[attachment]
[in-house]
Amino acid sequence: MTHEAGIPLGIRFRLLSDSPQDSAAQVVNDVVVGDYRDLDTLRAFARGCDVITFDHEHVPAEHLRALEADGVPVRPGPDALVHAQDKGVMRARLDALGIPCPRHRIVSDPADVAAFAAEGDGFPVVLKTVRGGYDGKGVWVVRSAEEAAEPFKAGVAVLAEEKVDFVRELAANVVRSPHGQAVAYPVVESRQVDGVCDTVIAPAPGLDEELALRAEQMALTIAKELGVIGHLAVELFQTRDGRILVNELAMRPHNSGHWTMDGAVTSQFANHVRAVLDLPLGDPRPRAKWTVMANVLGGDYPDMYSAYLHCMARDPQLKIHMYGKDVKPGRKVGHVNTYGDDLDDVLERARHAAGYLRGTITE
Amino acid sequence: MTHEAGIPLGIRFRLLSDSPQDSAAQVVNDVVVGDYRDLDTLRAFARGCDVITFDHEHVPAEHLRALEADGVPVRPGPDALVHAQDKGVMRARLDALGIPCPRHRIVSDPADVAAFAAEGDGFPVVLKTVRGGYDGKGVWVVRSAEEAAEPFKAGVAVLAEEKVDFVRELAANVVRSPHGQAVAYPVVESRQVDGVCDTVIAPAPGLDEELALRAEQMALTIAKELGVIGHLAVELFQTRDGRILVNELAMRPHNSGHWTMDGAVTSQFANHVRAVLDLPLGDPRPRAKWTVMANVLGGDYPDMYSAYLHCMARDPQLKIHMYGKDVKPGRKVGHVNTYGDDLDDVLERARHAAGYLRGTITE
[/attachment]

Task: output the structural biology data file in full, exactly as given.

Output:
[in-house]
Amino acid sequence: MTHEAGIPLGIRFRLLSDSPQDSAAQVVNDVVVGDYRDLDTLRAFARGCDVITFDHEHVPAEHLRALEADGVPVRPGPDALVHAQDKGVMRARLDALGIPCPRHRIVSDPADVAAFAAEGDGFPVVLKTVRGGYDGKGVWVVRSAEEAAEPFKAGVAVLAEEKVDFVRELAANVVRSPHGQAVAYPVVESRQVDGVCDTVIAPAPGLDEELALRAEQMALTIAKELGVIGHLAVELFQTRDGRILVNELAMRPHNSGHWTMDGAVTSQFANHVRAVLDLPLGDPRPRAKWTVMANVLGGDYPDMYSAYLHCMARDPQLKIHMYGKDVKPGRKVGHVNTYGDDLDDVLERARHAAGYLRGTITE
Amino acid sequence: MTHEAGIPLGIRFRLLSDSPQDSAAQVVNDVVVGDYRDLDTLRAFARGCDVITFDHEHVPAEHLRALEADGVPVRPGPDALVHAQDKGVMRARLDALGIPCPRHRIVSDPADVAAFAAEGDGFPVVLKTVRGGYDGKGVWVVRSAEEAAEPFKAGVAVLAEEKVDFVRELAANVVRSPHGQAVAYPVVESRQVDGVCDTVIAPAPGLDEELALRAEQMALTIAKELGVIGHLAVELFQTRDGRILVNELAMRPHNSGHWTMDGAVTSQFANHVRAVLDLPLGDPRPRAKWTVMANVLGGDYPDMYSAYLHCMARDPQLKIHMYGKDVKPGRKVGHVNTYGDDLDDVLERARHAAGYLRGTITE